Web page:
Today is National Go to an Art Museum Day! Art museums are wonderful places to visit and community resources. Where else would you get access to thousands of pieces of priceless art?! Everyone has different tastes, and art is all about exploration—in fact, that’s why we celebrate Go to an Art Museum Day on November 9th. More than 30,000 museums around the world participate, and each year even has a different theme. So today, go to a museum and discover something new!
Not only are art museums important centers for culture, but there are health benefits of going to art museums! Recent studies have shown that engaging with the visual arts can actually improve stress, memory, and empathy, whether by viewing art or creating it.
The benefits of viewing art are countless. According to a study conducted by the University of Westminster, participants who visited an art gallery on their lunch break reported feeling less stressed afterwards. They had lower concentrations of cortisol, the stress hormone, from just 35 minutes spent roaming the gallery. In a similar vein, science says viewing and creating art also helps alleviate symptoms of anxiety and depression.
There is a link between reduced risk cognitive decline and visiting art museums. The brain is like a muscle in that it needs to be exercised in order to be kept strong and in top working order. Experiencing art and learning about art stimulates the brain. This strengthens existing neural pathways and creates new ones, which is key to fending off cognitive decline. An often overlooked but important component of maintaining a healthy brain while aging is social interactions. This combats the adverse effects of isolation, which many seniors experience. Art museums provide safe, public spaces to interact with others in a meaningful way and feel connected to a community.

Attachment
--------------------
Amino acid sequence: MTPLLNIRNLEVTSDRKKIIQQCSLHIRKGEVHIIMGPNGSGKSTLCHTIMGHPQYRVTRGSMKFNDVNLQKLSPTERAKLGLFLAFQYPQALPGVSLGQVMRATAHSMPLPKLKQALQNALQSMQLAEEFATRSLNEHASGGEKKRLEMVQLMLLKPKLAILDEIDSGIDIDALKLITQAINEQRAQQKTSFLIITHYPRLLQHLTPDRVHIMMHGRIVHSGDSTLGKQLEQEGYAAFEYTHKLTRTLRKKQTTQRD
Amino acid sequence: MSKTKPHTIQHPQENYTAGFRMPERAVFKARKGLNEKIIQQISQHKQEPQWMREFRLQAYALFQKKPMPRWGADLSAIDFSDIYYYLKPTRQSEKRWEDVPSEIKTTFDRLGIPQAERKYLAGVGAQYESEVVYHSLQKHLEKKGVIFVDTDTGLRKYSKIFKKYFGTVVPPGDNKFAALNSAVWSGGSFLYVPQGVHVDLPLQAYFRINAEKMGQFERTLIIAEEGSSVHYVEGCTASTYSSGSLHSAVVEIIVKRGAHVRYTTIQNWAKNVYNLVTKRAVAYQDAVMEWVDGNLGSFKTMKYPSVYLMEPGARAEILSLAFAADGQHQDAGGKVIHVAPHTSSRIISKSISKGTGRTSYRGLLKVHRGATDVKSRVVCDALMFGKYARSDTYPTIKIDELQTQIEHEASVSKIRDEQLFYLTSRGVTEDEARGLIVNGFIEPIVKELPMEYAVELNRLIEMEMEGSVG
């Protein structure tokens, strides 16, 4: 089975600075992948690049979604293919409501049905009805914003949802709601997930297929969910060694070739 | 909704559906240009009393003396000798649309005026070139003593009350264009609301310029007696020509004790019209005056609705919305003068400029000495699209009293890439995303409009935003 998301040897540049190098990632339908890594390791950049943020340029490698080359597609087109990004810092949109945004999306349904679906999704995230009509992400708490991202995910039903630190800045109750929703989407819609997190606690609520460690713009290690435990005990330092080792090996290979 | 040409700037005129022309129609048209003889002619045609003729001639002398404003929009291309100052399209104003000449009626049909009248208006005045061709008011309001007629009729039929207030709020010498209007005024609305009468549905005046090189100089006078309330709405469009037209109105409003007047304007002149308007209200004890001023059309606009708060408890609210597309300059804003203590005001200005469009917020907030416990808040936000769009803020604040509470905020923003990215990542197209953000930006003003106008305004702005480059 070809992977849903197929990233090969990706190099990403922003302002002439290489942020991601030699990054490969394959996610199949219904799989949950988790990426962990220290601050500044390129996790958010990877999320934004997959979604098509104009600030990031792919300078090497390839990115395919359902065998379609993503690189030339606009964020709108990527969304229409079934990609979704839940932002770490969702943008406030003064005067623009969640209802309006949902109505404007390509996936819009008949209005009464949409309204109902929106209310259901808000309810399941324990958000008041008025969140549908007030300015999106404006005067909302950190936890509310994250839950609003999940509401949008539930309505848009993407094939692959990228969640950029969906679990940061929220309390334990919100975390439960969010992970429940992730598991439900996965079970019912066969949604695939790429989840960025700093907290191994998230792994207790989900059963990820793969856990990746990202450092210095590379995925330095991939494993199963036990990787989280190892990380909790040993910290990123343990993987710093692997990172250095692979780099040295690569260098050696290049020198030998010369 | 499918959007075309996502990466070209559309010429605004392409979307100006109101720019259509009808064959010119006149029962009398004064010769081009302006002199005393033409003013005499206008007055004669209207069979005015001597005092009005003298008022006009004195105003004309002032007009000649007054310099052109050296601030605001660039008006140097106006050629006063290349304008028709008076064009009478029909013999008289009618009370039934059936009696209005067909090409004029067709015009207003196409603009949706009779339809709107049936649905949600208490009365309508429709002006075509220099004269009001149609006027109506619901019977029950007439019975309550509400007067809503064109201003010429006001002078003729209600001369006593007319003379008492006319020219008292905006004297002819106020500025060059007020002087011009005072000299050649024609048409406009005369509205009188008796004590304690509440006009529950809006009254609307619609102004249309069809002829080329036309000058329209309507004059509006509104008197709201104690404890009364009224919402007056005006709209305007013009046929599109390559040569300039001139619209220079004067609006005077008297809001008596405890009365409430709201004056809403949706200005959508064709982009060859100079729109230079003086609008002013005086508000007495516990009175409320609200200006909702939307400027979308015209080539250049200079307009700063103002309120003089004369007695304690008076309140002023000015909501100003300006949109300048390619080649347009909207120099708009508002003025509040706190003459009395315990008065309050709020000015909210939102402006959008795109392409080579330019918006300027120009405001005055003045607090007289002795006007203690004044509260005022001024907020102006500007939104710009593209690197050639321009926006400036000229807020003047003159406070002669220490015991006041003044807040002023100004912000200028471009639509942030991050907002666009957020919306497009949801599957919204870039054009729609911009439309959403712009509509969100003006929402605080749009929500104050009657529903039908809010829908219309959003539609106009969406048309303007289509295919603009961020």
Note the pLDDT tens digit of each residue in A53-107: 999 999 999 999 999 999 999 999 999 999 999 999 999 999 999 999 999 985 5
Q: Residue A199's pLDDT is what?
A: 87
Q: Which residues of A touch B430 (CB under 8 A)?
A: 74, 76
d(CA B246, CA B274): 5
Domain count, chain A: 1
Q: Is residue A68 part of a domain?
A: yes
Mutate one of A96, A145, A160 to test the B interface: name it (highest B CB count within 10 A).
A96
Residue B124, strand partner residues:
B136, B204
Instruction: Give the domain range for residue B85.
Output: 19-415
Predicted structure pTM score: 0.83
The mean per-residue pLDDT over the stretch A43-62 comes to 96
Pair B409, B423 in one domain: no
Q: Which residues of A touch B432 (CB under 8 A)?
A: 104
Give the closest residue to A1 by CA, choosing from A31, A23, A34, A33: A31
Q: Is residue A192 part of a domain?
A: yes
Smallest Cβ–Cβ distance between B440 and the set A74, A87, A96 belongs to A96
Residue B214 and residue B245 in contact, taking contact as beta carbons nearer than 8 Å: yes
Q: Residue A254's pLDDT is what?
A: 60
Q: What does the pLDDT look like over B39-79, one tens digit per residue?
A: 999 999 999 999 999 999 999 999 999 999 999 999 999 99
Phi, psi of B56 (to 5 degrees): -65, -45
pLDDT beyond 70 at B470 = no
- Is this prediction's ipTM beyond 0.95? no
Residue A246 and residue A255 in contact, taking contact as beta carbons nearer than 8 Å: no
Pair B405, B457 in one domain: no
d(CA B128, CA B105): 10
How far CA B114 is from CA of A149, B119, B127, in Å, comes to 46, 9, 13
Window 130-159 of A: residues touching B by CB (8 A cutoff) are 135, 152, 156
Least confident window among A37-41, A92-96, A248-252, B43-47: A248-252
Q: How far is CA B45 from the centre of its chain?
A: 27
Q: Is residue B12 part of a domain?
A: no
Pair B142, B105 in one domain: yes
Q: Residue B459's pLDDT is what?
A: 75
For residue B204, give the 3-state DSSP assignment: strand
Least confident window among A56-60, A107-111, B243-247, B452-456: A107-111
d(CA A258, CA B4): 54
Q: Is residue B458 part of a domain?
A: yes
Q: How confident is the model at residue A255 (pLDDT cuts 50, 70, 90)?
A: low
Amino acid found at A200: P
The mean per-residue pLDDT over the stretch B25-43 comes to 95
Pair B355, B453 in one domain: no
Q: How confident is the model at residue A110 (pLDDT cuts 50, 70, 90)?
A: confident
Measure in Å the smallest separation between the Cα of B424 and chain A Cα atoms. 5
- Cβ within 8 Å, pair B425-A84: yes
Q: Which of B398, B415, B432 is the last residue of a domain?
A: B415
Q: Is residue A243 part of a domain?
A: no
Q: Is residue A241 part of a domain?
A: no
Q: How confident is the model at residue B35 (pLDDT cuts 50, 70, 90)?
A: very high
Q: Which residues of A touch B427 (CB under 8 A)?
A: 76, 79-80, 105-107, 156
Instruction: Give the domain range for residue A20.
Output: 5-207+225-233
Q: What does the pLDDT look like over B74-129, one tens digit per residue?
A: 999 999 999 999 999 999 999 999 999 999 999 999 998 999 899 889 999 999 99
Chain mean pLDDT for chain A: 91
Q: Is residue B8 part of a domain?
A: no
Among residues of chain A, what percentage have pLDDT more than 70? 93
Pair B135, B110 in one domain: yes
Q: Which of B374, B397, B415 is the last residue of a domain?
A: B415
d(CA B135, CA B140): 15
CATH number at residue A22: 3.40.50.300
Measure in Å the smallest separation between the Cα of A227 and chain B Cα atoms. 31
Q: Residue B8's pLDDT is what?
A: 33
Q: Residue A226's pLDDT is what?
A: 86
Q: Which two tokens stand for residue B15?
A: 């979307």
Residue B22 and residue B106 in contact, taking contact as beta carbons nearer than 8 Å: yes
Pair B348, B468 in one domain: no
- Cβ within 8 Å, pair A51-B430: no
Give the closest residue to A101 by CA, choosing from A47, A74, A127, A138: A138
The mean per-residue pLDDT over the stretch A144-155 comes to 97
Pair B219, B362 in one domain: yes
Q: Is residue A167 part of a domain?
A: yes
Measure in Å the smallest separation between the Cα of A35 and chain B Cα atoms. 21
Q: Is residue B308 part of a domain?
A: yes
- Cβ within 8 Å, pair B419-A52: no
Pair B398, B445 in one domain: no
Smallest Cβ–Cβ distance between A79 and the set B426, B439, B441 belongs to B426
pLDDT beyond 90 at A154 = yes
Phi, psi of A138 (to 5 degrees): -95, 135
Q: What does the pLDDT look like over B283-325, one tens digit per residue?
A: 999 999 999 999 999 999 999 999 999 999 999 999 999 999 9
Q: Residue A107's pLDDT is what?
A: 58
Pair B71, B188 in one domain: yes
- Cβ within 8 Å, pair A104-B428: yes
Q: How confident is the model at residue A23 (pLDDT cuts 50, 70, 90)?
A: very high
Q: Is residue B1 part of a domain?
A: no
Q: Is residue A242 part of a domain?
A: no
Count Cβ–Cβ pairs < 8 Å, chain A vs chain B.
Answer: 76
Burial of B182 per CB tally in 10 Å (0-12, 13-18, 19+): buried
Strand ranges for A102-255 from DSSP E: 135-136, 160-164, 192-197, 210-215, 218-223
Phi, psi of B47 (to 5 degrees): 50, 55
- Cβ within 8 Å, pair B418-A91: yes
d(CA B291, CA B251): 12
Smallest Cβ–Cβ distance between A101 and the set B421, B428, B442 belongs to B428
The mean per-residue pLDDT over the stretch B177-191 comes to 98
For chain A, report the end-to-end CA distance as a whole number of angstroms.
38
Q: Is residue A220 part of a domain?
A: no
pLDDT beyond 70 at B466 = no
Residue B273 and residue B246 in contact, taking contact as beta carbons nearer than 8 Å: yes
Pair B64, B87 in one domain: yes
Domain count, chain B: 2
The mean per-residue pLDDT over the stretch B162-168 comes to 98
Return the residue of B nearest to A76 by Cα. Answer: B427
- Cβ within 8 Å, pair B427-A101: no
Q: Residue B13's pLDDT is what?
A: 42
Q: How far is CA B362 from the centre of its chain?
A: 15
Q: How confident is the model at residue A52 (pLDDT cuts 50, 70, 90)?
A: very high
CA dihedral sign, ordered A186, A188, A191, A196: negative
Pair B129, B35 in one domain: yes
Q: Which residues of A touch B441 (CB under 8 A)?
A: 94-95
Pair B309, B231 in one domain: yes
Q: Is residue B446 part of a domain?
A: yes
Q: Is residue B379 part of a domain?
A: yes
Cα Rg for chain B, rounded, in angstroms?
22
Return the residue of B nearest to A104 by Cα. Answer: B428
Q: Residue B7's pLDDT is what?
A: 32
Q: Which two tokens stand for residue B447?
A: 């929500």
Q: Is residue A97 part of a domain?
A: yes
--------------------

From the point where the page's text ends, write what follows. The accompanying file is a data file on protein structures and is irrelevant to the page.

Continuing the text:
Frequenting art museums can also help you live longer! A recent study in the U.K. revealed that not only do artistic and cultural activities make life more enjoyable, but also prolong our lives – so dance, paint and sing as your heart desires.
The study found that paying regular visits to museums, art galleries, theaters and concerts reduced the risk of early death by 31%, adding to existing evidence that the arts can benefit one’s health. They found that people who participated in such leisurely activities once or twice a year enjoyed a 14% lower risk of premature death than those who have never engaged in art.
Looking at art also causes people to experience joy, akin to the sensation of falling in love. Neurobiologist Semir Zeki scanned 28 volunteers’ brains as they looked at art and noticed an immediate release of dopamine, the chemical related to love and pleasure.
Additionally, visiting the gallery has been found to relieve people of mental exhaustion, the same way the outdoors can. As stated in Jan Packer’s study on the benefits of museum experiences, the four factors that contribute to mental restoration (fascination, being away, compatibility, and extent) are commonly found in both natural environments and museums, making it an ideal work break. Art museums can also be good exercise! The winding galleries and wide display rooms provide ample space to roam around. There are also plenty of benches when you need to rest, and most museums are wheelchair accessible.
Today, on National Go to an Art Museum Day, we invite you to, of course, go to an art museum! Often during visits people discover new types of art that they connect to, and learn more about not only the art itself, but history, psychology, and themselves.